You're going to be returned with a value 1 (FALSE) since 101 is NOT less than 10. Notice the test comparison is a '-lt' and not a '<'.

Similarly for:

 ```test "\$x" -lt 102 echo \$? ```

This will return a value 0 (TRUE) since 101 < 102.

To find out more on the other numeric test operators:

 ```info test ```

#### File test

The third type of tests that we want to talk about are tests on files.

For instance: "is this file a regular file?", "is it a directory?", "is a symbolic link?", "is it a hardlink?" So you could say:

 ```test -f file ```

To test whether a file is a normal file. Or if you want to test whether a file is a directory, for example (notice the period ( . ) after the -d test:)

 ```test -d . ```

It should return a value of 0 because '.' represents your current directory which is obviously a directory.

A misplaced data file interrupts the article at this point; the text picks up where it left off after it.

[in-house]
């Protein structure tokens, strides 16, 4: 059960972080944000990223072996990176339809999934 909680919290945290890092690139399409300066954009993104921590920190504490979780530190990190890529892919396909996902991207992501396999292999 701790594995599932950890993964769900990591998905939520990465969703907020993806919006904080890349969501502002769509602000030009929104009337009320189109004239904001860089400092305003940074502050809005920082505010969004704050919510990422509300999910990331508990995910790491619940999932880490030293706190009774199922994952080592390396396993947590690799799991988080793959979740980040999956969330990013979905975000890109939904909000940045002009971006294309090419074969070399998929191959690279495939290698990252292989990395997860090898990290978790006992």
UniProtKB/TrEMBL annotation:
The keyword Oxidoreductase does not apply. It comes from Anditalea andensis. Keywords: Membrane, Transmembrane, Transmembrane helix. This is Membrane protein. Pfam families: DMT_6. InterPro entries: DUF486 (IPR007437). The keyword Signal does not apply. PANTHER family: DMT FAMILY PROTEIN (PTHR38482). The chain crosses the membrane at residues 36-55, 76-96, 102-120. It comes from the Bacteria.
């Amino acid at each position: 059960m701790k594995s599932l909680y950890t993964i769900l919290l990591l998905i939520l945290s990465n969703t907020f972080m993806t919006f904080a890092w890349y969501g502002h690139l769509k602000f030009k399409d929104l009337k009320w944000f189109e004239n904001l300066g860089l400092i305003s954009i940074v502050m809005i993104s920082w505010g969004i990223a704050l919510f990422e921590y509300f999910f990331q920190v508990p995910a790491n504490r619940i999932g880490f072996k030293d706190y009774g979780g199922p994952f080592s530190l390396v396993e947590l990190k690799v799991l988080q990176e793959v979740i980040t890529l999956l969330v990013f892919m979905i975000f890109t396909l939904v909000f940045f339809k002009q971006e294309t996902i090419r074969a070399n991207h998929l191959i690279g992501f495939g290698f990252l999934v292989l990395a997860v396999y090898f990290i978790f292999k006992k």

If you say:

 ```test -d .bashrc ```

It should return a 1 (FALSE), because .bashrc is not a directory, it's a file. You might want to test if something is a symbolic link using '-L' et cetera.

Try the exercises to familiarise yourself with other test types.

#### Exercises:

1. Set the variables as follows:

1. NAME="<insert your first name here>"

4. MARRIED="<insert a 'Y' or a 'N' here>"

2. Now perform the following tests, indicating (before performing the test) whether the outcome will be TRUE (0) or FALSE(1), or unknown.

1. test "\$NAME" = "joe"

2. test "\$AGE" > "35"

3. test "SURNAME" -lt "Bloggs"

4. test '\$AGE' -lt 35

5. test "NAME" = <insert your first name here>

6. test "35" -gt "\$AGE"

3. Using the files in your directory, perform the following tests, again indicating what the outcome will be:

1. test -f .

2. test -e ..

3. touch somefile; test -s somefile